But generally, undrafted free agents are viewed more as organizational players. Roster fillers for the low minors. The real prospects need players to play with and against eh? It wasn’t long ago when these undrafted players signed for a decent running ’78 Monte Carlo and $1500 so they could drive down to rookie ball in the Appalachian League.  That may have actually been generous, as the expectation is these guys will be released and replaced within a year or two.

Poulson ostensibly got real money because he’s got an actual elitest of the elite physical skill set. I still think he came cheap at $250k. But he hadn’t had any real success as a pitcher in collegiate or high school baseball, and hadn’t come into much contact with the advisor / agent industry.

He’ll make it up if he makes the big leagues, and I bet he will.

You look at this kid Poulson’s stats, and in his amateur league he was striking out just about everyone. I think it was 31 strikeouts in 12 innings. Seems to me even great amateurs who throw in the low nineties don’t achieve that. They might strike out 2 an inning, but still regularly encounter a batter who could at least nub a ground ball into the infield off them. At 100, this kid Poulson was not finding those guys very often.

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Pipe Shots

I watched the whole All Star Game, which I haven’t actually done in many years. I have lots of overwrought analysis. Note:

***NL starting pitcher, Cardinal’s Adam Wainright, is being castigated for saying he was of a charitable mind to give Derek Jeter some ‘pipe shots’. IE, hittable fastballs down the middle when Jeter was at bat. This year’s game evolved mostly into a venue to contemplate Jeter’s greatness as his retirement approaches. So ‘pipe shots’ to hit are ostensibly a magnanimous gesture that Jeter could turn into melodrama as he exits the stage.

Magnanimousity(?) of this sort is traceable to at least 1968, when Denny McClain grooved fastballs to Mickey Mantle in late September games. Mantle was way over the hill in his last year, leaving on a low note with bad knees, and was lamented in something of a pitiable way. But he was also gamely seeking to advance his place on the all-time home run list. In this game Mantle hit a home run off McClain, adding to his total, and in the soft focus of lore the McClain anecdote has come to be regarded with universal affection.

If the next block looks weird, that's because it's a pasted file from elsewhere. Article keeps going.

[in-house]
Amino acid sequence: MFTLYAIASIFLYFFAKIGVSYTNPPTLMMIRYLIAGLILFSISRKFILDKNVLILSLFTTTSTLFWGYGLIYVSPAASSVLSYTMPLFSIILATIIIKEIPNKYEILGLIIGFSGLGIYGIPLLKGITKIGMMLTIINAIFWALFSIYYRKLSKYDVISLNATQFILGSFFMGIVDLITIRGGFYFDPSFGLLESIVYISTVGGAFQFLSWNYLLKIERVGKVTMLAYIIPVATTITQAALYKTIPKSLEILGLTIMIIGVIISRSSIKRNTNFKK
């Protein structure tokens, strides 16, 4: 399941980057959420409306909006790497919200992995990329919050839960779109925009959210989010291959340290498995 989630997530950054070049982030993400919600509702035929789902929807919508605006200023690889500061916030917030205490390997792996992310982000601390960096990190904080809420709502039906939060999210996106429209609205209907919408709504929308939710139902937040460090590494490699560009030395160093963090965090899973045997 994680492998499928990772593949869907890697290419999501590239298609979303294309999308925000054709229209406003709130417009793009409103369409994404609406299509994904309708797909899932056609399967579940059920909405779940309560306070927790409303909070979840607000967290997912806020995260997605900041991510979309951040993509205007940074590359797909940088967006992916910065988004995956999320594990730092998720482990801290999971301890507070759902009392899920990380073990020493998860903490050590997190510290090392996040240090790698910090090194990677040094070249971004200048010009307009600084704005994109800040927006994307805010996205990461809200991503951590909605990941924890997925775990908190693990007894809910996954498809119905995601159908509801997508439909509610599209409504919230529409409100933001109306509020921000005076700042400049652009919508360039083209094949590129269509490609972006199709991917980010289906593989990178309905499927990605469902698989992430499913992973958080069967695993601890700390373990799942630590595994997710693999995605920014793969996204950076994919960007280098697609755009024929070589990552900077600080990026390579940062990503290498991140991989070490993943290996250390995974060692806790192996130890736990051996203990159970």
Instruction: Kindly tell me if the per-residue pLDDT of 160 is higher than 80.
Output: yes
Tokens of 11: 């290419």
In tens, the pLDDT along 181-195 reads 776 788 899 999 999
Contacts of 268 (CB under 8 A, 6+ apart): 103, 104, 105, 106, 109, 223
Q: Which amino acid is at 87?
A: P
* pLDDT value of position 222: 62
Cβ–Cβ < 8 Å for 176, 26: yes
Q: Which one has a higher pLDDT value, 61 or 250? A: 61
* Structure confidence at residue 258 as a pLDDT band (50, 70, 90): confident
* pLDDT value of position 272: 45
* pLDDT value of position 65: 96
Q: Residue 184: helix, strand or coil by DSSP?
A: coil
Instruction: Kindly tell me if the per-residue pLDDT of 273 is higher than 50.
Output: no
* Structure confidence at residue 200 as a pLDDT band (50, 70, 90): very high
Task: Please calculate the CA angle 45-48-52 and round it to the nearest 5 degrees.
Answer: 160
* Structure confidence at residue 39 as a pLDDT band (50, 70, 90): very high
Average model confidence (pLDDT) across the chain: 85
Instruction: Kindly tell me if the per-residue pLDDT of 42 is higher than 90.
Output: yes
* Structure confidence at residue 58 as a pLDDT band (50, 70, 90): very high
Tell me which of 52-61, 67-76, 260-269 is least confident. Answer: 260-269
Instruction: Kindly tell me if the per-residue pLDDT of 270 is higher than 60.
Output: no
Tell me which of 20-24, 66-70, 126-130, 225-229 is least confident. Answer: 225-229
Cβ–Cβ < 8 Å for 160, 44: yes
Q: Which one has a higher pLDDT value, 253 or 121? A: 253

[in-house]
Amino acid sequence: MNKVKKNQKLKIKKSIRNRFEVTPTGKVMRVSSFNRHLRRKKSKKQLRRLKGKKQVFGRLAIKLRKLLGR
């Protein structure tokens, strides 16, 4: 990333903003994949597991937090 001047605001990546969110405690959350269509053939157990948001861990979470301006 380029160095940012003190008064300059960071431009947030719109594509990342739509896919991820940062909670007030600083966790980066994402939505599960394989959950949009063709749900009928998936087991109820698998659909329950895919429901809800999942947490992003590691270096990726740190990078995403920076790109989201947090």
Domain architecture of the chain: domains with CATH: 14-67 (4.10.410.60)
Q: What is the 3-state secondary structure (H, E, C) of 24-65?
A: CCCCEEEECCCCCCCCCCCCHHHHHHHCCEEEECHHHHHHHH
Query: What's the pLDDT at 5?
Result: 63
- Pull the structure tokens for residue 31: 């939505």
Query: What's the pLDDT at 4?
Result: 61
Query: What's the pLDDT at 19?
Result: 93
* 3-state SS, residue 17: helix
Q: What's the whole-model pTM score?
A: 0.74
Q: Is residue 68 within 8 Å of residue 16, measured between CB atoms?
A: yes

So you figure warm fuzzies would translate to this Wainright / Jeter situation, right? No, the reaction was just about opposite, with Wainright being called out as a clod for, I think, appearing to be patronizing of Jeter. Jeter is not pathetic, and at age 40 he can get a mere base hit without anyone’s help. Wainright also would seem to have violated some sort of unwritten rule about what pros say about playing hard all the time.

So Wainright was out of line, definetly, for his original comments. But this was obviously just a breezy train of thought being aired as he stood in front of a couple reporters. In reality, I’m not sure Wainright ‘grooved’ to Jeter with to with any quality of execution. The pitch Jeter hit for a double was a knee high 89 mph fastball tailing in. Sometimes that’s a meatball, sometimes that’s a good sinker. You figure out what to call it after the batter does his thing and you have a result. So really the heat Wainright is taking is a consequence of his breezy interview, and not what actually happened on the field. That will learn ya.